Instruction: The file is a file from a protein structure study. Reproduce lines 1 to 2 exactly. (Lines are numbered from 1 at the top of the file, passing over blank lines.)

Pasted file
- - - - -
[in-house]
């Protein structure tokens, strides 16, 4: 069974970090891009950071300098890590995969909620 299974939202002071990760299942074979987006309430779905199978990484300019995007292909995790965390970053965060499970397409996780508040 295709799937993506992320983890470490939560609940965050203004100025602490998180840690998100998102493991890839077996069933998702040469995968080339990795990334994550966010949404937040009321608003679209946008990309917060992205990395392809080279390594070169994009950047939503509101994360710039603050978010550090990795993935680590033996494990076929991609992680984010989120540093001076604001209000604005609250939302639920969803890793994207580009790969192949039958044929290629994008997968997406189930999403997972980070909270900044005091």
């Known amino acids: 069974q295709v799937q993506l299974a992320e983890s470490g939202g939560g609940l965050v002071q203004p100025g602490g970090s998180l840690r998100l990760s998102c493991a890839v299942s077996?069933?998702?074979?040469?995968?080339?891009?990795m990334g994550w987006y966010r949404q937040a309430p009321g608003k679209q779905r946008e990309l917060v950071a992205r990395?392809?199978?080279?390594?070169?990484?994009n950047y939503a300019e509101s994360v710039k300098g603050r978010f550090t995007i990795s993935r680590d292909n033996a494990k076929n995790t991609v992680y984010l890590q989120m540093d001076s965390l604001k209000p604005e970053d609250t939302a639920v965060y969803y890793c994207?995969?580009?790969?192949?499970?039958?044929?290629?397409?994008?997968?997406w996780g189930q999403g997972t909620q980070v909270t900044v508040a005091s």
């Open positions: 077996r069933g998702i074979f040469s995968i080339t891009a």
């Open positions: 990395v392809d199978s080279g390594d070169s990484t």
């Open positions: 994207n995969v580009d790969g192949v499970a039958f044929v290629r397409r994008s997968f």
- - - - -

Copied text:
[in-house]
């Protein structure tokens, strides 16, 4: 069974970090891009950071300098890590995969909620 299974939202002071990760299942074979987006309430779905199978990484300019995007292909995790965390970053965060499970397409996780508040 295709799937993506992320983890470490939560609940965050203004100025602490998180840690998100998102493991890839077996069933998702040469995968080339990795990334994550966010949404937040009321608003679209946008990309917060992205990395392809080279390594070169994009950047939503509101994360710039603050978010550090990795993935680590033996494990076929991609992680984010989120540093001076604001209000604005609250939302639920969803890793994207580009790969192949039958044929290629994008997968997406189930999403997972980070909270900044005091």